Danish outsourcing firm ISS has refinanced and amended and extended its debt pile to pave the way for a potential IPO, writes Reuters. Goldman Sachs, Deutsche Bank, Nordea and UBS were advising on the A&E as well as on the refinancing.
Reuters – Danish outsourcing firm ISS has refinanced and amended and extended its debt pile to pave the way for a potential IPO, banking sources said on Monday.
Goldman Sachs, Deutsche Bank, Nordea and UBS were advising on the A&E as well as on the refinancing.
ISS has accumulated debt since being bought by private equity firms EQT and Goldman Sachs Capital Partners in 2005. Over the past two years it has paid down a 525 million euro high yield bond due 2014 after a 500 million euro equity investment by Ontario Teachers’ Pension Plan and Kirkbi Invest last year.
As part of the refinancing, ISS managed to raise new senior debt totalling around $780 million that will be used to refinance its more expensive 600 million euro ($780 million) second lien facility that was due to mature in June 2015 and paid an interest margin of 375 bps over Euribor, bankers said.
The new senior debt is split between a dollar and euro portion. The dollar term loan totals $350 million and will pay an interest margin of 275 bps over Libor with a 1 percent Libor floor and a 99.75 Original Issue Discount.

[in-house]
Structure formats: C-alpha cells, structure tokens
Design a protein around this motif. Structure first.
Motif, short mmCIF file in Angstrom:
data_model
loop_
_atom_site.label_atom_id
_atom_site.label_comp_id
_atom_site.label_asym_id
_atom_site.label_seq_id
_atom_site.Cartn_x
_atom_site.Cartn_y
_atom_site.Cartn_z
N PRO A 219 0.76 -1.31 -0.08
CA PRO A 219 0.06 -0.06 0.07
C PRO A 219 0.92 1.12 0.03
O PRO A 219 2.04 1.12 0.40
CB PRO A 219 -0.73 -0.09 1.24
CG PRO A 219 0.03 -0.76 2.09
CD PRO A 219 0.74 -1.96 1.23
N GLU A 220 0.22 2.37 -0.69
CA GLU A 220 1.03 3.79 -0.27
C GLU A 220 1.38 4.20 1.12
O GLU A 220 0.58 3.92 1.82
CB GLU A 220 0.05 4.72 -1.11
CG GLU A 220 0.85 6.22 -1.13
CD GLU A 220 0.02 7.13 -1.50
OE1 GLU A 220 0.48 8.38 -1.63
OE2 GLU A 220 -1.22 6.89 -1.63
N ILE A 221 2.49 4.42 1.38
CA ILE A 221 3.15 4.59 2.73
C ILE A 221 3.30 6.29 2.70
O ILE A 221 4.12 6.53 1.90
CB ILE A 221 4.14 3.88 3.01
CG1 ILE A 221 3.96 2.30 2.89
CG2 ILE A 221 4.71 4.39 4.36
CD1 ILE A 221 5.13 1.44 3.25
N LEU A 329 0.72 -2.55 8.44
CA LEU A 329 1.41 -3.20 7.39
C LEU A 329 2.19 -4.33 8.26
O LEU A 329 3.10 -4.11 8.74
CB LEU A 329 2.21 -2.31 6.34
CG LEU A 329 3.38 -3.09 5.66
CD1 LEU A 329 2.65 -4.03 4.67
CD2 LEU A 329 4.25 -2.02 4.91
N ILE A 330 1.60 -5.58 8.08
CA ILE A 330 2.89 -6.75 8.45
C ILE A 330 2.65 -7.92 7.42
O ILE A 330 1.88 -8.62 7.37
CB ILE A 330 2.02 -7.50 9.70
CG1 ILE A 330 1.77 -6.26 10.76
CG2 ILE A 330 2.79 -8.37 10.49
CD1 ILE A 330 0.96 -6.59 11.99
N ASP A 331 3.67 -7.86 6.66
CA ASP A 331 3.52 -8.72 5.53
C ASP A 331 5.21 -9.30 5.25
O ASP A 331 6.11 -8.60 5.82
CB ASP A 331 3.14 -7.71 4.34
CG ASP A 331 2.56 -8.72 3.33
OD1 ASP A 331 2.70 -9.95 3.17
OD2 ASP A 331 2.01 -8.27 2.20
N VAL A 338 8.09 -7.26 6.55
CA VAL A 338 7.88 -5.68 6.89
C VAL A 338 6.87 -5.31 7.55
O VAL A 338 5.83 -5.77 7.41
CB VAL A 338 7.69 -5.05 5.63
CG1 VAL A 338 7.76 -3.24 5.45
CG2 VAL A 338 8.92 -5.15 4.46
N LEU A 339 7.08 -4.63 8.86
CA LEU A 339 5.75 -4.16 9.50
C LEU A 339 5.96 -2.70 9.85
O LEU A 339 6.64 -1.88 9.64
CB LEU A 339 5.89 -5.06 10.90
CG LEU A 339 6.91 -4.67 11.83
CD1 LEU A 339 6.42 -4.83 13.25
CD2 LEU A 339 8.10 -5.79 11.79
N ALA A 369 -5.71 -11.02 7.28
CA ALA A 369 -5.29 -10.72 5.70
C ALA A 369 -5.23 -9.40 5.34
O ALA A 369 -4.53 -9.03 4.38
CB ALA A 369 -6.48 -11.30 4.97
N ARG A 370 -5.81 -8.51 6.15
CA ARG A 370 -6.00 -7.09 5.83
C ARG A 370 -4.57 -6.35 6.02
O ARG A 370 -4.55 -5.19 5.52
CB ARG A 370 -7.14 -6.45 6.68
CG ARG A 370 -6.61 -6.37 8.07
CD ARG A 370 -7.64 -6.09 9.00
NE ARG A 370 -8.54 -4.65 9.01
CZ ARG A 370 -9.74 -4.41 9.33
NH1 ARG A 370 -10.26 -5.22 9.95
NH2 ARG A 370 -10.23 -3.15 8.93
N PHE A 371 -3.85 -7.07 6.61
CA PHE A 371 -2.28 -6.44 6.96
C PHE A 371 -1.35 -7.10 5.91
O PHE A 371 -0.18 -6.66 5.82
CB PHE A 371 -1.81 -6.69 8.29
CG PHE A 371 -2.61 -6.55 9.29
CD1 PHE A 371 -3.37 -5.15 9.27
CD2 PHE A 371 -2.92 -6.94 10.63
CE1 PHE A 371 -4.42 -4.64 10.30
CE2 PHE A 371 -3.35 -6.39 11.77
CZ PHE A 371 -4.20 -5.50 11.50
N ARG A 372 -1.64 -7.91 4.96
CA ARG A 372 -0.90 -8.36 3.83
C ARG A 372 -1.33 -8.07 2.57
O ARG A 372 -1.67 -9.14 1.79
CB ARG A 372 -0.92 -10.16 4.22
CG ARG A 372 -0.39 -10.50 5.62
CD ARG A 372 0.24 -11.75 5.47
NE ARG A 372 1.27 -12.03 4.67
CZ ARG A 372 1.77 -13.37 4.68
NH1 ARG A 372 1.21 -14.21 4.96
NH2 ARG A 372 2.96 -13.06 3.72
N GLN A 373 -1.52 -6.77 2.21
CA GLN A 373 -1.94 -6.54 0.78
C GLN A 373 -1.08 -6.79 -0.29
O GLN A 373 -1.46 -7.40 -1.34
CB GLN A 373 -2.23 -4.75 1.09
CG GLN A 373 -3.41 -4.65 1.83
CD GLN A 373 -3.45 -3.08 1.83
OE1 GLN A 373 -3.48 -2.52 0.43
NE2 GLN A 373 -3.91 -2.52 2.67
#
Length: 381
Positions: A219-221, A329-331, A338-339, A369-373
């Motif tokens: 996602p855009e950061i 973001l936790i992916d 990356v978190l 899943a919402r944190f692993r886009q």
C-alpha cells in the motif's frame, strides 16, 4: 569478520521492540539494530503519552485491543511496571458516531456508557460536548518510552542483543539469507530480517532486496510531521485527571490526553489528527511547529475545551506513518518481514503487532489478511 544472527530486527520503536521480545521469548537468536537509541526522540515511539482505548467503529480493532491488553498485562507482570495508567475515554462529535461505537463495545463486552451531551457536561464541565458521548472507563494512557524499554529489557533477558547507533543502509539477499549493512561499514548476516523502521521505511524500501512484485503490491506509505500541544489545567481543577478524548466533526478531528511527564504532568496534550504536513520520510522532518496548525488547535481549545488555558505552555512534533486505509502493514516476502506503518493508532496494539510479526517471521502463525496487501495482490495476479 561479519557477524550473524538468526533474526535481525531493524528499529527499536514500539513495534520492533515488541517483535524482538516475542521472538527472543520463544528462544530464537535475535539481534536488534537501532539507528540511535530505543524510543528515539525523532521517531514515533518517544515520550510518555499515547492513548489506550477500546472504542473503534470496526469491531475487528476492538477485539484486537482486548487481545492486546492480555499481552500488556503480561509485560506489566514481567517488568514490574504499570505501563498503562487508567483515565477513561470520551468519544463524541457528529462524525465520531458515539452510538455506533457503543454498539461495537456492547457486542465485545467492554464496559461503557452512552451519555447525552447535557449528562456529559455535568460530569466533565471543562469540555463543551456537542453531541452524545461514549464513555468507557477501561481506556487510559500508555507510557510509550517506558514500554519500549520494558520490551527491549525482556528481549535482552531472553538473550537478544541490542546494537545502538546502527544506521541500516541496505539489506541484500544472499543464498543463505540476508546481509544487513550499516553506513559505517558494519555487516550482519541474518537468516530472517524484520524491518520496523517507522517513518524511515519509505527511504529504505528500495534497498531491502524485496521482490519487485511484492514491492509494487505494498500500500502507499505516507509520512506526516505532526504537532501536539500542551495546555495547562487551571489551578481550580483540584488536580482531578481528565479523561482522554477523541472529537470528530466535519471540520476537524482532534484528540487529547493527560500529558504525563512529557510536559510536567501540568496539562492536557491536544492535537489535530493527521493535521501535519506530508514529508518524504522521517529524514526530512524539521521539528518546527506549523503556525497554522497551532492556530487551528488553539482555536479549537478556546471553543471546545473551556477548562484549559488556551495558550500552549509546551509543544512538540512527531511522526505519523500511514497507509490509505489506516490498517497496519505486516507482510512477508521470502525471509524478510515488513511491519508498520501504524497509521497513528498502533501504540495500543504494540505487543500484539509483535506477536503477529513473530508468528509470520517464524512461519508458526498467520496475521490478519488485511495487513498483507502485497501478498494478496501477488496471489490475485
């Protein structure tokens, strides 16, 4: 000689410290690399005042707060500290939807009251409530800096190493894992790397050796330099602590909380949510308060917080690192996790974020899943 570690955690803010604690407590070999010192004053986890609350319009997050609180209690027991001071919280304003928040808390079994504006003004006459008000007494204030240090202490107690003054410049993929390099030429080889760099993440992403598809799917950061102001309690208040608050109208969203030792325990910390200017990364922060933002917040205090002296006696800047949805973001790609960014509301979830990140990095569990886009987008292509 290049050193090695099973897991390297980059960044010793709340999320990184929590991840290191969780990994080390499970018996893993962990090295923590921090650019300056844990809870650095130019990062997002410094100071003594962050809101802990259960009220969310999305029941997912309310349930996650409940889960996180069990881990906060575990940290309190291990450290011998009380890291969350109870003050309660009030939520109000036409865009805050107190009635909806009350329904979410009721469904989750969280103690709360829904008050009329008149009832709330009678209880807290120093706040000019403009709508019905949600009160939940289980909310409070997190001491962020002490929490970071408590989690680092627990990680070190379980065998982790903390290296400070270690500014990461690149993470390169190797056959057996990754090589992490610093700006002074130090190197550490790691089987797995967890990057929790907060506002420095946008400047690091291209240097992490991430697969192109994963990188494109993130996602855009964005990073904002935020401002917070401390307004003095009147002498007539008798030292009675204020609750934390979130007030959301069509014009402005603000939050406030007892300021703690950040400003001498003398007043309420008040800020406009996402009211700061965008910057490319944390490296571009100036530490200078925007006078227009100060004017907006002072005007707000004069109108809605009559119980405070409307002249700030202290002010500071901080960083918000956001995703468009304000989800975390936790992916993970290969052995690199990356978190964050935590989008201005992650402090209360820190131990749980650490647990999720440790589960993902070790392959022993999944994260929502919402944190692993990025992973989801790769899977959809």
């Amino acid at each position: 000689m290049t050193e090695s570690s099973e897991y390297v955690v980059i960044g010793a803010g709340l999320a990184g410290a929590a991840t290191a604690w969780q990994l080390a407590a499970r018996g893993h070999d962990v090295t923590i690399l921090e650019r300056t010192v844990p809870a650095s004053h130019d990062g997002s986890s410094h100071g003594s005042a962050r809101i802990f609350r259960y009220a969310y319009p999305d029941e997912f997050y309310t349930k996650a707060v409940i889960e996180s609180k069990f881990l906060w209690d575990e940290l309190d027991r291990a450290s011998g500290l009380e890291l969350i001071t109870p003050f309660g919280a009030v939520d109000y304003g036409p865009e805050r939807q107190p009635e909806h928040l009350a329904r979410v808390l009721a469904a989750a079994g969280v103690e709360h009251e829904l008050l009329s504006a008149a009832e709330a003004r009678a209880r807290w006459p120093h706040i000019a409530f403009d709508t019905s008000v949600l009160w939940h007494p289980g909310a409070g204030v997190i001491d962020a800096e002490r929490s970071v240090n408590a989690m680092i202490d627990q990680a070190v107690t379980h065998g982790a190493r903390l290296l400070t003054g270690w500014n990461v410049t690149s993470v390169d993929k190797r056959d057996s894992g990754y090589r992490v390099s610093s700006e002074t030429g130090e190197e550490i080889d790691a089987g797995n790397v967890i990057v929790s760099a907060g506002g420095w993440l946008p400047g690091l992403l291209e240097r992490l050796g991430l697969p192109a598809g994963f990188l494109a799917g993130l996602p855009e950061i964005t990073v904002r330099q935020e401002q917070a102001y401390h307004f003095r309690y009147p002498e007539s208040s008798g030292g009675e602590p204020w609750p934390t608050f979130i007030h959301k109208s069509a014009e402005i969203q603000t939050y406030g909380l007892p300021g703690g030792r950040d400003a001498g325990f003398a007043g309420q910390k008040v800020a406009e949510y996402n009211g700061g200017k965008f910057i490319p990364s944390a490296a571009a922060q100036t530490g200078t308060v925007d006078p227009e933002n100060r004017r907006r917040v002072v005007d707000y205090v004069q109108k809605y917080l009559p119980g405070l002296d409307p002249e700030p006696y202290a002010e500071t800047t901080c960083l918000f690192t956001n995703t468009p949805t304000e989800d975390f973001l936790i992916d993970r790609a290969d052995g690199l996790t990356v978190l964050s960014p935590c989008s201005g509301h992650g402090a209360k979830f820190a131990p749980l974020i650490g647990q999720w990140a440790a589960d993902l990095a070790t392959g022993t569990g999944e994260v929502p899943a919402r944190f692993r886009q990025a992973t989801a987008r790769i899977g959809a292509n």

The euro term loan of 330 million euros will pay a margin of 350 bps over Euribor with a 99.5 Original Issue Discount, bankers added.
The new loans will allocate and go free to trade on the secondary loan markets this week, bankers said.
In addition ISS will extend by three years its existing 2.4 billion Danish Crown ($418 million) revolving credit facility, a 482 million Danish Crown letter of credit that previously matured in December 2014 and its 12.95 billion Danish Crown TLB and 2 billion Danish Crown acquisition facility that previously matured in April 2015, bankers said.
ISS also received consent from its loan lenders for a number of amendments to increase operational and refinancing flexibility as well as introduce some post-IPO flexibilities, bankers said.
ISS declined to comment but is expected to comment on the issue after Easter. ($1 = 5.7350 Danish crowns) ($1 = 0.7694 euros) (Reporting by Claire Ruckin; Editing by Ruth Pitchford)